I arrived in Philadelphia a few days ago, in order to spend time cooking with my daughter Morgan at Fork Restaurant, where she is the sous chef. Imemdiately I was sucked into the never ending vortex of kitchen work, helping her make breads, desserts and appetizers for busy week ahead.
Morgan’s younger sister Kirby also works in the restaurant business in the front of the house, and it’s hard to describe what its like for me to watch my girls toil away with such confidence and skill in the same like of work I have dedicated my own life to. Not only do I experience a feeling of great pride in observing them, but I am excited for the journey they have embarked on, in a profession that never seems short on thrills.
Morgan’s boss, chef Thien Ngo, has worked across the globe, from Japan to France and points inbetween. In his mid-fifties now, his level of knowlege and expertease is enormous. Morgan could not have asked for a better chef to learn the foundations of cooking and kitchen managment. In this era of culinary schools and food network debauchery, her kind of hands-on training is invaluable. When I came up the ranks in my own career over thirty years ago it was much more common to apprentice than it is now.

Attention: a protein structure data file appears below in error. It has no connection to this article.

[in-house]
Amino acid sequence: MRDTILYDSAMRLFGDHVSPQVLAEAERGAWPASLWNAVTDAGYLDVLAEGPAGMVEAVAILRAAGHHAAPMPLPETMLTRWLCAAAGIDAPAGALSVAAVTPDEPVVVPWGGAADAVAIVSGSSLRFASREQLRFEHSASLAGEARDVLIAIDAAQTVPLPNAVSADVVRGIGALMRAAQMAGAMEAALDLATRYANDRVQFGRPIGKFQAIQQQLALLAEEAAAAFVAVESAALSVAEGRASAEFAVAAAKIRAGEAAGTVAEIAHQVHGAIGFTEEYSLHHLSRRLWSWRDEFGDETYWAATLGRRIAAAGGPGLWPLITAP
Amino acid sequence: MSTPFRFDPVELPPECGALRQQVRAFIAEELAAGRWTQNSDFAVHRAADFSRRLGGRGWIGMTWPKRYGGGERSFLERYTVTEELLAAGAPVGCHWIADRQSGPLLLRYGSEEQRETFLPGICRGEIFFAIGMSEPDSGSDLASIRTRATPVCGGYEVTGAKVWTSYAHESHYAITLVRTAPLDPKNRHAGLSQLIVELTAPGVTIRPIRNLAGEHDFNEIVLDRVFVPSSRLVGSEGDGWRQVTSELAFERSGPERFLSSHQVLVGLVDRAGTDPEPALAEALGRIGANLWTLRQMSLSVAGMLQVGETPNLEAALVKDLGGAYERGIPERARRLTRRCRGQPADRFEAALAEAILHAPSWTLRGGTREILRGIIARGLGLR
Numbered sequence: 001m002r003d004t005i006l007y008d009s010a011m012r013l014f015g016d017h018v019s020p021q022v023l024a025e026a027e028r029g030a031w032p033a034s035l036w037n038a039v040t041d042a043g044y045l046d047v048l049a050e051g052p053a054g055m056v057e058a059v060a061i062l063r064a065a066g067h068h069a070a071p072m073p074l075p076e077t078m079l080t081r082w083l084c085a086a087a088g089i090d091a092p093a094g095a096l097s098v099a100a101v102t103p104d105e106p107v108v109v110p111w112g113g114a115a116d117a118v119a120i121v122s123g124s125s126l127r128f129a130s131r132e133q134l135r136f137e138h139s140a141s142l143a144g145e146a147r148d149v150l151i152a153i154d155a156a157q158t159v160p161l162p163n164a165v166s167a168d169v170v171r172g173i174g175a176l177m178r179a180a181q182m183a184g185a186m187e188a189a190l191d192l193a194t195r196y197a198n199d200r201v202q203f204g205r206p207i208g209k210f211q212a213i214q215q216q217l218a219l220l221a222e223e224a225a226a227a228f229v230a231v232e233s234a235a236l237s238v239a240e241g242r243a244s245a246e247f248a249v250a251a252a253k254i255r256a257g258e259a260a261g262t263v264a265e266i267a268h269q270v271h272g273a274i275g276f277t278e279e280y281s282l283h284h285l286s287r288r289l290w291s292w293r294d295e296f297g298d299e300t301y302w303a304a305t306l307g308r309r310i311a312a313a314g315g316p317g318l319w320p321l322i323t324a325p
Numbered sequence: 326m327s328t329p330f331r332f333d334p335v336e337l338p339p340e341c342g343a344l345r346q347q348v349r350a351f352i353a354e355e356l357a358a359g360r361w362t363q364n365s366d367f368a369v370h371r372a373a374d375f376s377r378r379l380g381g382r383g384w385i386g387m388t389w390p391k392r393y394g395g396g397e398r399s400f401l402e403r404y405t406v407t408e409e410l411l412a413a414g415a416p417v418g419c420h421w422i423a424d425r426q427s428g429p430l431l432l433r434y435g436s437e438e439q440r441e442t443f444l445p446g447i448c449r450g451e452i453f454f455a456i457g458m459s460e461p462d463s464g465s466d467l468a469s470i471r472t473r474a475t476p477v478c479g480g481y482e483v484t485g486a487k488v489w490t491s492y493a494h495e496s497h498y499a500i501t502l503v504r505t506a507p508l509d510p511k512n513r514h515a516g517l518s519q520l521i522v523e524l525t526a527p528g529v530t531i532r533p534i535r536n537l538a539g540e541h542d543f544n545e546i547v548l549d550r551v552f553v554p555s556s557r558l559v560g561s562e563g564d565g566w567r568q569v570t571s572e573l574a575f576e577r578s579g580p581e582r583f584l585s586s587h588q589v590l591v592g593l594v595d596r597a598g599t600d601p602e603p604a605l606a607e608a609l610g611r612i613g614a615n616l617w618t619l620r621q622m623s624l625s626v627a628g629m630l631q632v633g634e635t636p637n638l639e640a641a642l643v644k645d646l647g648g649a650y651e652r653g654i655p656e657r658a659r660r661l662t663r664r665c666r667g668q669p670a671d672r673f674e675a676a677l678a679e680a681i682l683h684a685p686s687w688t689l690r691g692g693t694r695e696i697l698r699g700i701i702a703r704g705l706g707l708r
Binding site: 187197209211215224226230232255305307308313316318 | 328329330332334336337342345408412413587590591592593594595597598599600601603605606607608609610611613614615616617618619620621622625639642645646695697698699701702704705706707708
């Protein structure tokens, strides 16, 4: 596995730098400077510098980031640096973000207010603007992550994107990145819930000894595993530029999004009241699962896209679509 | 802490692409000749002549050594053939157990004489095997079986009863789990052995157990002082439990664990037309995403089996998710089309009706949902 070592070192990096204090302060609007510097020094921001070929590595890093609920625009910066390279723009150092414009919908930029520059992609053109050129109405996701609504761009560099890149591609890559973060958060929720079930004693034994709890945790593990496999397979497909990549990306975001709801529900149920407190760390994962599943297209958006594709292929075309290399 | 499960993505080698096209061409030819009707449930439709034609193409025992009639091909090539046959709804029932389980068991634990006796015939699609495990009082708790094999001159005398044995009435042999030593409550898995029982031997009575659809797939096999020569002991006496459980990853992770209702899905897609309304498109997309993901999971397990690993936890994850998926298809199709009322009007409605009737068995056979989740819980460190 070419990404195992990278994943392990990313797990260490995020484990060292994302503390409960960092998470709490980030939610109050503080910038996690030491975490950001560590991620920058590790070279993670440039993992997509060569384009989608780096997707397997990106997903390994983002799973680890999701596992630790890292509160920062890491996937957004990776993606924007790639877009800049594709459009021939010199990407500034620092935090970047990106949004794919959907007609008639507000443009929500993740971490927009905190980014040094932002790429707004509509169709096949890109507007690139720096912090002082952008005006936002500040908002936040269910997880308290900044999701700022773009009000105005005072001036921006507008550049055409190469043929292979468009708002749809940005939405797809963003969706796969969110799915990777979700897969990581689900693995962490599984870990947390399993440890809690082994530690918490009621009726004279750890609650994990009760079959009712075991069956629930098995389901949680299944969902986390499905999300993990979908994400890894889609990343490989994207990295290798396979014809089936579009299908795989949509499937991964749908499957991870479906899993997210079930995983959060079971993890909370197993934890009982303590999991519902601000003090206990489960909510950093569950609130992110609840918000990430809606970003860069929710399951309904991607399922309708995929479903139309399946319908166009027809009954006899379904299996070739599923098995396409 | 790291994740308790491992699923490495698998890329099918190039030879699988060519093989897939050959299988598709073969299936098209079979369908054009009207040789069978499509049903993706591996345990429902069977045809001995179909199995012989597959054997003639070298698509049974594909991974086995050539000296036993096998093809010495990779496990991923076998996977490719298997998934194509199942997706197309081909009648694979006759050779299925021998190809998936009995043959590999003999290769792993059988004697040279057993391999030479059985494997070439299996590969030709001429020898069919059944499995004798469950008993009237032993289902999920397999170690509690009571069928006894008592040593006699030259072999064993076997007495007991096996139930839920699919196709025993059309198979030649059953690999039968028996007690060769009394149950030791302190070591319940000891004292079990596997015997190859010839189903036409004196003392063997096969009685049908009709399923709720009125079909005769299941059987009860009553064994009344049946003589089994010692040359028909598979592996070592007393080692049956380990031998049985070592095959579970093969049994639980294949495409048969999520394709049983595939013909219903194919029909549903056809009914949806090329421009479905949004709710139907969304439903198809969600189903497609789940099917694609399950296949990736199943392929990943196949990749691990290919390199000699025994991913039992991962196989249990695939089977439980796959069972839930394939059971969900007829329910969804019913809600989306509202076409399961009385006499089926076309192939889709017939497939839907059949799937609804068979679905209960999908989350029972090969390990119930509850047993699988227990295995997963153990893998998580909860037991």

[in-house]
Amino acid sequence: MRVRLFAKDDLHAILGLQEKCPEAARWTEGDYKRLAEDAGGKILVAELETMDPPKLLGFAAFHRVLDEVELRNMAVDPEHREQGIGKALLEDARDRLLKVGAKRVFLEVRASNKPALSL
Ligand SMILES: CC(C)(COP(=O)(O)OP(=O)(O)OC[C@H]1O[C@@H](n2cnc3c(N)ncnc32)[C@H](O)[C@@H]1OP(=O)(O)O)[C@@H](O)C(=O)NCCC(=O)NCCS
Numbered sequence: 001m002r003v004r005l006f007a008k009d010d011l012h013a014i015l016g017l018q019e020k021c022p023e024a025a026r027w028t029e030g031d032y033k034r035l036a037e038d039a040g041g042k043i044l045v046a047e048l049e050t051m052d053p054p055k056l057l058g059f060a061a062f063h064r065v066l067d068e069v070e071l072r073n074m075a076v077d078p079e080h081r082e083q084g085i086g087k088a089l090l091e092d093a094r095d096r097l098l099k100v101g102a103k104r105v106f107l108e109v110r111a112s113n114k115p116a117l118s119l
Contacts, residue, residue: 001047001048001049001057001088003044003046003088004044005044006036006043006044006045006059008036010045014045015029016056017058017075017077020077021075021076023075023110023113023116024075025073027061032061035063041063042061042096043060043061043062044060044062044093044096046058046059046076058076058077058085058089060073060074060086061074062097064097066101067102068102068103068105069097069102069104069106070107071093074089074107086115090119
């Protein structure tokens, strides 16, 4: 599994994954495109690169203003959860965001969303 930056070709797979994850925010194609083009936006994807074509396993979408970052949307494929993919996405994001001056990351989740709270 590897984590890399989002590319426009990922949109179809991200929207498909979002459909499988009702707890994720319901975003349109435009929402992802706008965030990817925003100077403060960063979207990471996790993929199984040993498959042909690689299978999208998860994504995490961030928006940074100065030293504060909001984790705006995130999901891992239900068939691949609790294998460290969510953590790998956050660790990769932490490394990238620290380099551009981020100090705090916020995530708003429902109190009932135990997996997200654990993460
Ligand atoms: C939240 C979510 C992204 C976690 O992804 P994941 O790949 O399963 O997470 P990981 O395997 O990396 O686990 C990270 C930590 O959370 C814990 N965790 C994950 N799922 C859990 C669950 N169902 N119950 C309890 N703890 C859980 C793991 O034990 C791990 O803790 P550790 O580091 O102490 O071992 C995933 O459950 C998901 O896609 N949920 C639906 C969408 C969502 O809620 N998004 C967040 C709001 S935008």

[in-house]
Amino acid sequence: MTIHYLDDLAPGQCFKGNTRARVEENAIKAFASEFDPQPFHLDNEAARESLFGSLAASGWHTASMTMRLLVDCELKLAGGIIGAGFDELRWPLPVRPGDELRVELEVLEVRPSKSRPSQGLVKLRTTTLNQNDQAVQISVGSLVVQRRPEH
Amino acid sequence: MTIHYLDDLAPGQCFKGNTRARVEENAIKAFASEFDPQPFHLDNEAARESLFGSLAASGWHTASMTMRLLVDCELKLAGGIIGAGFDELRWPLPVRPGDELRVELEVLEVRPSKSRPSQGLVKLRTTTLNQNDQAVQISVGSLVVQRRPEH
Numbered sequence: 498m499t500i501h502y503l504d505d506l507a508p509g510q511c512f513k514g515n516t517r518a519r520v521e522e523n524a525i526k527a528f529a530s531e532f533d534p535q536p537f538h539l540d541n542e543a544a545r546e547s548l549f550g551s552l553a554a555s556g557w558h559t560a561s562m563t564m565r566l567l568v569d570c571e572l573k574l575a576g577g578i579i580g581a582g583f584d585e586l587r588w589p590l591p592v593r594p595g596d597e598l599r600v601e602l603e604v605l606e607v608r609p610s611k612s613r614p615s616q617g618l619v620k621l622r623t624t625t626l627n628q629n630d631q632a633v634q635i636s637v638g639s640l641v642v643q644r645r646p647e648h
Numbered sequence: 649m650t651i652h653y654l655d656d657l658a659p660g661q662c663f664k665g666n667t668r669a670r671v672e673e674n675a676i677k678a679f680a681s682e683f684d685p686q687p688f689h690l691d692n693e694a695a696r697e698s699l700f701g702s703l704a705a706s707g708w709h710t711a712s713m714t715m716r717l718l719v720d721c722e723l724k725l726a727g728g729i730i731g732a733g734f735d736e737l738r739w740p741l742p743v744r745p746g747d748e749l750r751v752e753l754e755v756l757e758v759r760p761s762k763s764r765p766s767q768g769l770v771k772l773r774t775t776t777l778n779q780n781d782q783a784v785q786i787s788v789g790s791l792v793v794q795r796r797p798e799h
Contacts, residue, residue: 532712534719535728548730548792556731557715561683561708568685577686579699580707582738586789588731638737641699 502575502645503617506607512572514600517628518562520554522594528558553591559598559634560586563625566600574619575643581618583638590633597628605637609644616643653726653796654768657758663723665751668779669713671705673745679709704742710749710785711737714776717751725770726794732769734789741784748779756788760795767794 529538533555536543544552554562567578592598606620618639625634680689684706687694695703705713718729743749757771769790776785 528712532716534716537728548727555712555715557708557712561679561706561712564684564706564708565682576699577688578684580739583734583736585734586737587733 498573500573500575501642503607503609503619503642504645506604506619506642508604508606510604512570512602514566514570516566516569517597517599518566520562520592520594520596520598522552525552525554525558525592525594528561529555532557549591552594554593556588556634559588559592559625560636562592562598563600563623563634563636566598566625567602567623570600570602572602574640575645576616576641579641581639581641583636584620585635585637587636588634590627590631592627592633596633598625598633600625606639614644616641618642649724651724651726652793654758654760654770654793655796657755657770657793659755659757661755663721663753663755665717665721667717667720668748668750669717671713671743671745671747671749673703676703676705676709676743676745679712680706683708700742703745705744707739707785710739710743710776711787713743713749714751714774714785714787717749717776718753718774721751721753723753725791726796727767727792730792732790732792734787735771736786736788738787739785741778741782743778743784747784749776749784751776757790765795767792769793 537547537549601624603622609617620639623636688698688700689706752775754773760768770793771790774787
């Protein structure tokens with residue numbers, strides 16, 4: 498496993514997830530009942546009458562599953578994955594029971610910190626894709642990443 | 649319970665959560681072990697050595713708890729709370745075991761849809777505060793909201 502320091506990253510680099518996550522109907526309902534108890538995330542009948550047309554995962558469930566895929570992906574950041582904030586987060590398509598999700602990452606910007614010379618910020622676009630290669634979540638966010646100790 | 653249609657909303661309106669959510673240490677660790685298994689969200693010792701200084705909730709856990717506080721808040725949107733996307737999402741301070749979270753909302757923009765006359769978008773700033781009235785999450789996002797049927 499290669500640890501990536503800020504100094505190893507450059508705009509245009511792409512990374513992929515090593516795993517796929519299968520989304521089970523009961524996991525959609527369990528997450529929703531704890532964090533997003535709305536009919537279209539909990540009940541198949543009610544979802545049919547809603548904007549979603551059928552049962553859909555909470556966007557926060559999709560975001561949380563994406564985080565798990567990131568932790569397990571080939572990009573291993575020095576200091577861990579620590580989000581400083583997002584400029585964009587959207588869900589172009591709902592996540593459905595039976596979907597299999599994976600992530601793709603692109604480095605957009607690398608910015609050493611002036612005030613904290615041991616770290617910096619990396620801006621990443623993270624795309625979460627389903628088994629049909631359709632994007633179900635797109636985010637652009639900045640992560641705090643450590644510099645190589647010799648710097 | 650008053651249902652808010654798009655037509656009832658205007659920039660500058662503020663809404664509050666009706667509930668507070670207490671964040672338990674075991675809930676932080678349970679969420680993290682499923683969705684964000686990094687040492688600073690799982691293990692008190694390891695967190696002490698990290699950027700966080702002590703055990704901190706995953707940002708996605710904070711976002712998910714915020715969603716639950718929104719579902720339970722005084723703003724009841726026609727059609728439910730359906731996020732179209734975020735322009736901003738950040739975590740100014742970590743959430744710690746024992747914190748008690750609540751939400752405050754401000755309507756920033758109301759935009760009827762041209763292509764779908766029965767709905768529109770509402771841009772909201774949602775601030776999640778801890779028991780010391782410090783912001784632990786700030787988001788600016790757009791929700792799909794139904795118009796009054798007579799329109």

Fork is a busy place with a large dining room, full bar, rooms for private parties, including a bakery and take out shop for those on the run. They make all of their own breads from scratch, including what was voted the Best Baguette in the city. The great thing about this for Morgan is that she is getting a fully rounded education in all aspects of cooking, something that is very rare in a time when most cooks tend to specialize in one area of expertease or another.
Every Wednesday evening chef Thien and Morgan cook up a special chefs dinner, which is loyally attend by local fans of Thien’s cooking. I am looking forward to seeing what they come up with and I will give you the scoop in my next blog.
Over and out for now.